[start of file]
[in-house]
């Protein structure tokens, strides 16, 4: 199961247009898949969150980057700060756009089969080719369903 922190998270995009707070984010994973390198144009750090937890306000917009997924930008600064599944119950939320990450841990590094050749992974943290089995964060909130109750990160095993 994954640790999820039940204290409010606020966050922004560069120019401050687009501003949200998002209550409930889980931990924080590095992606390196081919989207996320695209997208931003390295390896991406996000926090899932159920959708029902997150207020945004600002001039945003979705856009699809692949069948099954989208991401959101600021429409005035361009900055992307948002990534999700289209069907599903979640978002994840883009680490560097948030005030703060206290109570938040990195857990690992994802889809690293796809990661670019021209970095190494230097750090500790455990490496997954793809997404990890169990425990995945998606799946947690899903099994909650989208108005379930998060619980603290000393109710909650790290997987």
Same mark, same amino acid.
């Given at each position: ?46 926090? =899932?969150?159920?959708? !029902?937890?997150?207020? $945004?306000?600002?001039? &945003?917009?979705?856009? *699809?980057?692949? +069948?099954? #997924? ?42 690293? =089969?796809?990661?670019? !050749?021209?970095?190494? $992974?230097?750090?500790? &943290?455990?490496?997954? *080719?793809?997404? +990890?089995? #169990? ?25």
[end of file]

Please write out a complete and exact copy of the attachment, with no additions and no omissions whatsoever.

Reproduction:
[in-house]
């Protein structure tokens, strides 16, 4: 199961247009898949969150980057700060756009089969080719369903 922190998270995009707070984010994973390198144009750090937890306000917009997924930008600064599944119950939320990450841990590094050749992974943290089995964060909130109750990160095993 994954640790999820039940204290409010606020966050922004560069120019401050687009501003949200998002209550409930889980931990924080590095992606390196081919989207996320695209997208931003390295390896991406996000926090899932159920959708029902997150207020945004600002001039945003979705856009699809692949069948099954989208991401959101600021429409005035361009900055992307948002990534999700289209069907599903979640978002994840883009680490560097948030005030703060206290109570938040990195857990690992994802889809690293796809990661670019021209970095190494230097750090500790455990490496997954793809997404990890169990425990995945998606799946947690899903099994909650989208108005379930998060619980603290000393109710909650790290997987």
Same mark, same amino acid.
């Given at each position: ?46 926090? =899932?969150?159920?959708? !029902?937890?997150?207020? $945004?306000?600002?001039? &945003?917009?979705?856009? *699809?980057?692949? +069948?099954? #997924? ?42 690293? =089969?796809?990661?670019? !050749?021209?970095?190494? $992974?230097?750090?500790? &943290?455990?490496?997954? *080719?793809?997404? +990890?089995? #169990? ?25």